It’s All in My Head: The Social Construction of Depression
After reading literature on the social construction of illness and medical knowledge, I have come to understand more of my personal experience as an individual suffering from mental illness. Since February 2020, I have been diagnosed with Major Depressive Disorder (MDD) or commonly known as clinical depression. My condition is a mood disorder characterized by excessive and recurrent feelings of loneliness and a general loss of interest. Moreover, I have also experienced physical symptoms such as insomnia, a decrease in appetite, and significant weight loss. These manifestations of clinical depression gradually developed since I was in high school and reached its culmination after the death of my Aunt Marissa — who I dearly loved like a mother — in December 2019. Hence, I sought medical professional help and have been under antidepressant medication for more than a year.
However, I have come to notice how my experience of mental illness is different from other illnesses. For example, people suffering from anemia are not burdened with negative moral connotations compared to people like me who have depression. In order to elaborate on these nuances, I think it is necessary to understand my disorder through two paradigms in the social construction of illness and health: the medical and social models.
Depression through the Medical Model
The medical model presents illness as a fact within the context of the natural sciences methodology. Under this framework, diseases are conceived to be universal and immutable to time and place. In addition, there are different features that define the medical model of illness and health. Nonetheless, I personally find two features relevant to the biomedical treatment of my depression: technological imperative and reductionism. Moreover, I also have criticisms towards them.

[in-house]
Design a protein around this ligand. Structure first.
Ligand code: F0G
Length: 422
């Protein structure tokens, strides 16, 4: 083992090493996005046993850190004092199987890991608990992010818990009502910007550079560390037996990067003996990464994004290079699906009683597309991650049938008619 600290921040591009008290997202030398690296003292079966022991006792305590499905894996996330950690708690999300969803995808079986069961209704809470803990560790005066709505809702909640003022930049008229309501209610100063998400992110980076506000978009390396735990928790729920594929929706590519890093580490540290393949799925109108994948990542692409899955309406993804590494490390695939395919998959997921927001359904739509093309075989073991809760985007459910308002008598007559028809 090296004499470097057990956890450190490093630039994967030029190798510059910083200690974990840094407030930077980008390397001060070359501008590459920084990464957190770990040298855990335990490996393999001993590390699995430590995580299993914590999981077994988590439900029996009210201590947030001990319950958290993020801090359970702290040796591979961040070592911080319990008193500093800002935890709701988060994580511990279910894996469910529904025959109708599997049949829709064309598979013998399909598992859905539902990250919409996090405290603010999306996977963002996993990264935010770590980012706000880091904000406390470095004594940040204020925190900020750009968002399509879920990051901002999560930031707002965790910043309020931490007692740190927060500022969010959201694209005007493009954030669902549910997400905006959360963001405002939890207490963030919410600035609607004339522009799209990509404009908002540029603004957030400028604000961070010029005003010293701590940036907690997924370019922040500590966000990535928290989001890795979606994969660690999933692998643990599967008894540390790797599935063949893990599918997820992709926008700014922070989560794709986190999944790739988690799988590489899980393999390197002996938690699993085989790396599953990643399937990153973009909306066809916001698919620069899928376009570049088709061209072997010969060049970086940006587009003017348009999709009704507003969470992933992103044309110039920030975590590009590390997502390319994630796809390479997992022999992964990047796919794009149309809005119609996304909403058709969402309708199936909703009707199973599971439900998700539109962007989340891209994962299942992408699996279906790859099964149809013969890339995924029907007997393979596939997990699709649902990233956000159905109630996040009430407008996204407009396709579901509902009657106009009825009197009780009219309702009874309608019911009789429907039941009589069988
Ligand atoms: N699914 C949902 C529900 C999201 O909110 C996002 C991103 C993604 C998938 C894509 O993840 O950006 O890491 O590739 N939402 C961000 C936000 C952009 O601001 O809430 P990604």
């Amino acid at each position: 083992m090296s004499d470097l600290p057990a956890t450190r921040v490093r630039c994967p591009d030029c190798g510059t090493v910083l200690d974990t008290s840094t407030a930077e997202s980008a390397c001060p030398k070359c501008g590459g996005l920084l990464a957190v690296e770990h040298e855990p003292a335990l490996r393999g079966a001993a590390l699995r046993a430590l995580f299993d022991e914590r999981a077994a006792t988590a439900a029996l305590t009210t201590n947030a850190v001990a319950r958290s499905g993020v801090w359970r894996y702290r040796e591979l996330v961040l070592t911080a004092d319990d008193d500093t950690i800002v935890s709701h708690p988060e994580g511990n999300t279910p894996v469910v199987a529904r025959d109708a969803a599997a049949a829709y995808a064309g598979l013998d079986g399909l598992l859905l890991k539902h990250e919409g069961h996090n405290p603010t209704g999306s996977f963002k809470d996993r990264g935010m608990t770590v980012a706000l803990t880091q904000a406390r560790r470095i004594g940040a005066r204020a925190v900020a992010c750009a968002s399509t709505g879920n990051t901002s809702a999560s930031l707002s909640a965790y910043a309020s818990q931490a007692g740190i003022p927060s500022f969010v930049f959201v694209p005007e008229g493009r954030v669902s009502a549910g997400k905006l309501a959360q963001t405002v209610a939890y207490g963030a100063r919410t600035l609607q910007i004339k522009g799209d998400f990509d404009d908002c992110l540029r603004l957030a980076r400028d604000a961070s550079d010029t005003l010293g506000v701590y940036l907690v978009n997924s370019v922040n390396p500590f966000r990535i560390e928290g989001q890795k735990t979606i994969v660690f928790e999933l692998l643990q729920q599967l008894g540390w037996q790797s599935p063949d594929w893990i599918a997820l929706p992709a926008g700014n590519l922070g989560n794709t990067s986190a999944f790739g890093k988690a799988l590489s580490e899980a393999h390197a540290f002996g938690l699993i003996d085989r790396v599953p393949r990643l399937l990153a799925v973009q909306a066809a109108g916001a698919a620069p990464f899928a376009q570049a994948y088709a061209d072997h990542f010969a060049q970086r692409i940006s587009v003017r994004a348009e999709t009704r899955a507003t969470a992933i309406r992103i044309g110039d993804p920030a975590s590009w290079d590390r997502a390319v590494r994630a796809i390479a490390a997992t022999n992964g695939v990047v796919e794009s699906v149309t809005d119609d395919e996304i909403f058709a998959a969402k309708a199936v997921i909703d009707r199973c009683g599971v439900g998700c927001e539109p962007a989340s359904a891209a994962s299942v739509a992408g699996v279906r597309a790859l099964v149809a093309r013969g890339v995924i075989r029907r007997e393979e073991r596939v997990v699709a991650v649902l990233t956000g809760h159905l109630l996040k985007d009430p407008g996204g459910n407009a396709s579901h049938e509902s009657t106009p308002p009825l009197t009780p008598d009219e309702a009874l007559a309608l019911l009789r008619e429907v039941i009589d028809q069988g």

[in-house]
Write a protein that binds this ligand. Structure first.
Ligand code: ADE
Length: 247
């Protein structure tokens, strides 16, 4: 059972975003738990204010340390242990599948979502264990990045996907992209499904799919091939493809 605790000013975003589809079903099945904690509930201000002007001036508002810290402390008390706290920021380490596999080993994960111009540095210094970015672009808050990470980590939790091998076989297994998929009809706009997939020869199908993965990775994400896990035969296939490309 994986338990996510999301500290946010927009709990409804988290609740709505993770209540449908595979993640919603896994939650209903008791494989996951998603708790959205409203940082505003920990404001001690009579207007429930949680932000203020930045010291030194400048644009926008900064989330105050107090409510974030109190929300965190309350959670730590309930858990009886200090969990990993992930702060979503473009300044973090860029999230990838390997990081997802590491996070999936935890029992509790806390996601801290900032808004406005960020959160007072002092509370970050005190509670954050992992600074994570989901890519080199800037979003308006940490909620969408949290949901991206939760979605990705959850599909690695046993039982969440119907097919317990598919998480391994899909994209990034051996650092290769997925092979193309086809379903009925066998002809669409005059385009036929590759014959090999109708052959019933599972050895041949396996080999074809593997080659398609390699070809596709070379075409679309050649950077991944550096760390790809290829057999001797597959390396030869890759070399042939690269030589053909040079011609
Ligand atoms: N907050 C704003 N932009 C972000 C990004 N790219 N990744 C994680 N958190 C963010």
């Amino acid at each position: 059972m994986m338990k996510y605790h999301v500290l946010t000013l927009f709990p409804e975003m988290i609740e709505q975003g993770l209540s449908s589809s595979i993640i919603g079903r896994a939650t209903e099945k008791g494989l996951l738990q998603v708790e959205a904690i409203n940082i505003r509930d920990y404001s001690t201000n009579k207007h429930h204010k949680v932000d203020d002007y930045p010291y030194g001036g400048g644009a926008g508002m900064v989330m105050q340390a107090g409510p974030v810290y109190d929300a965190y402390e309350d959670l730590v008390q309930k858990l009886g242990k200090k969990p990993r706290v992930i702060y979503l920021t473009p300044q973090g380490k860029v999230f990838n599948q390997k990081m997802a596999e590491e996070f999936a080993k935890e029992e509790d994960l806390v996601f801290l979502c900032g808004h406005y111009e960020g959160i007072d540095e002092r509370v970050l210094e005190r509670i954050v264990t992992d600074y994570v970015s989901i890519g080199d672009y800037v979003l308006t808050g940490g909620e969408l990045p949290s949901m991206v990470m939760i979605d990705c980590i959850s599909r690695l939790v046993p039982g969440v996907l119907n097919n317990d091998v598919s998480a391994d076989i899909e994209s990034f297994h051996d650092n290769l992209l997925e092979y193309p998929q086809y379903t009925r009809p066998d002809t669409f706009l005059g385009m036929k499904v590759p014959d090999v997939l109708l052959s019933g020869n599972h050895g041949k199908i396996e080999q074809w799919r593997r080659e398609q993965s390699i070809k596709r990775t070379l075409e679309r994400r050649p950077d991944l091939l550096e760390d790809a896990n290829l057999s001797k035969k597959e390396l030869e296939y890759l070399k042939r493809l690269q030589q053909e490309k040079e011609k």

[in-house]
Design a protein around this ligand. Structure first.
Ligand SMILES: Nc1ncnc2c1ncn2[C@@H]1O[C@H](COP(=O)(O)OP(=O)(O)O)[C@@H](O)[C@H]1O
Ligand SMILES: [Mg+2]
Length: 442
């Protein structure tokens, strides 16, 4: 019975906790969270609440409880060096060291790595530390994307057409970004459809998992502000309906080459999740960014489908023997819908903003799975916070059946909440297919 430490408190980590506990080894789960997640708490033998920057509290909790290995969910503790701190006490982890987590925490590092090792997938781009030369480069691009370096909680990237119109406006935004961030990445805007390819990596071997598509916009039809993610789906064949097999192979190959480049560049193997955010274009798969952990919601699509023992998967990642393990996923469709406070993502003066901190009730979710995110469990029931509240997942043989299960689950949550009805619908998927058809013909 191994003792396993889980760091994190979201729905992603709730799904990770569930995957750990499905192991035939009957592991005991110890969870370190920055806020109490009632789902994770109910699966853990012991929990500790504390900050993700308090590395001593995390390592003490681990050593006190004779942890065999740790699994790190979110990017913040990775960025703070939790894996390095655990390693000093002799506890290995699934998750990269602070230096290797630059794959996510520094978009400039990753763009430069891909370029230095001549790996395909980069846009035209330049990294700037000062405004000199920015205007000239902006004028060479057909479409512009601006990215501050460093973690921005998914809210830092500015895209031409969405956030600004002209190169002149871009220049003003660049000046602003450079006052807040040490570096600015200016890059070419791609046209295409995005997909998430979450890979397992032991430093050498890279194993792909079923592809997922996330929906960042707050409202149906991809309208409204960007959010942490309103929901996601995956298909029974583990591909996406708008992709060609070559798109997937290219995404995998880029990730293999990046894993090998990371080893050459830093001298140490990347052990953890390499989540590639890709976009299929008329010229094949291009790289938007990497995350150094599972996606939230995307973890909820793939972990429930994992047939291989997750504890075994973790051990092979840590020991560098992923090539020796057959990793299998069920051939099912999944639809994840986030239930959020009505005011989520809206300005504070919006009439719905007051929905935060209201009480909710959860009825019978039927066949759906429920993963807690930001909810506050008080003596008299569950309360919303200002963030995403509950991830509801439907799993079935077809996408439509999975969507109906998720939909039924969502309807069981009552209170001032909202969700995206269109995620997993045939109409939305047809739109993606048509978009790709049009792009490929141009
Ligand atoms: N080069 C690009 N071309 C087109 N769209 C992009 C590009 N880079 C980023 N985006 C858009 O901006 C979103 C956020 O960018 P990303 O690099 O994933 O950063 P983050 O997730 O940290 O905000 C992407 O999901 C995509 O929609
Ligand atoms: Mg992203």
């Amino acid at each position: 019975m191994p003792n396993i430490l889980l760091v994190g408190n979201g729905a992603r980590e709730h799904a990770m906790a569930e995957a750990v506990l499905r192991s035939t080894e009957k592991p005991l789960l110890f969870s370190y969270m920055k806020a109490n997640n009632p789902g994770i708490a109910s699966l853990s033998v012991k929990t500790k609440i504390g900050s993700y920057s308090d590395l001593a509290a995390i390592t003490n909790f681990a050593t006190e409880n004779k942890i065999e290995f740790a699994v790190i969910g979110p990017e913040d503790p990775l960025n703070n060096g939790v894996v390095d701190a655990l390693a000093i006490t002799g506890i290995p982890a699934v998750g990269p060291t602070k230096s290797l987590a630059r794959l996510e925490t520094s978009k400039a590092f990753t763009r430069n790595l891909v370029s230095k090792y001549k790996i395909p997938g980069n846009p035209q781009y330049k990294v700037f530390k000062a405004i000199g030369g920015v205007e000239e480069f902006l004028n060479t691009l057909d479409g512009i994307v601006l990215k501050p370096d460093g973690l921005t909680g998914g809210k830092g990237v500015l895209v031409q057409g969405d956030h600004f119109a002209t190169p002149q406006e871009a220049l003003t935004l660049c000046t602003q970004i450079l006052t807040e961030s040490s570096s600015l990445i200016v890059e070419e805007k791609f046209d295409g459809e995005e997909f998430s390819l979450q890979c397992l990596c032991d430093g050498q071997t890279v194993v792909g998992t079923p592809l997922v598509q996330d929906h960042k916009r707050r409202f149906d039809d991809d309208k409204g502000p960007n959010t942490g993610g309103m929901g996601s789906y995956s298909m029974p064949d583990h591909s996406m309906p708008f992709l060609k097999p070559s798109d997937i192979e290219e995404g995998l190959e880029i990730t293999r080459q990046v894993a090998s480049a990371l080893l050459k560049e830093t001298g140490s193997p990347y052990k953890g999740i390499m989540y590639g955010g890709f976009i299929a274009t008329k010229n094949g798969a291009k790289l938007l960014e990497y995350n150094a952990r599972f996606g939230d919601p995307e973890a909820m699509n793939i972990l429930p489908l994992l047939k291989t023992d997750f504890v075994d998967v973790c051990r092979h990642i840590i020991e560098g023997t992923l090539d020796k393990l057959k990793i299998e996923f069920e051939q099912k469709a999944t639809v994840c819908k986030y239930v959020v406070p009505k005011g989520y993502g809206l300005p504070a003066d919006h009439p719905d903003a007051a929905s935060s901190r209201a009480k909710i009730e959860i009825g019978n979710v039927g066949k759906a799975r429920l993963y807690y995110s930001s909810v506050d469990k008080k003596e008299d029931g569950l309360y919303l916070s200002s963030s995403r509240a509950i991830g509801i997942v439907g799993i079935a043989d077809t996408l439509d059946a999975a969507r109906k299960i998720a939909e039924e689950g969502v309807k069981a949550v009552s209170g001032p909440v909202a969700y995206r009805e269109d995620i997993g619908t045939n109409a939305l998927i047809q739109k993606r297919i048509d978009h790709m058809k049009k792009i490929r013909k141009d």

The technological imperative of the medical model puts precedence on the importance of medical intervention. In the case of my depression, my psychiatrist has decided to put me under antidepressants. However, I have noticed that this approach does not consider its burden to me in terms of costs and also its lack of recognition of the social environment I am in. Firstly, I find it difficult to diligently drink my medication because I can’t afford them. Furthermore, my parents are not willing to spend on my medication because they perceive my depression merely as a “weakness” that I can “snap out of.” Even if I try to earn money from my part time job, it’s still insufficient to cover the costs. On the other hand, I also realized that even if I drink my medication, the social environment I am in is the very trigger that exacerbates my condition. For example, my parents would constantly fight even in my presence and it would trigger some traumatic experiences that would make me feel more sad and lonely. These personal experiences point out to the insufficiency of technological imperatives to address external constraints such as my financial circumstances and family relations that contribute to the inaccessibility and inefficaciousness of medical intervention.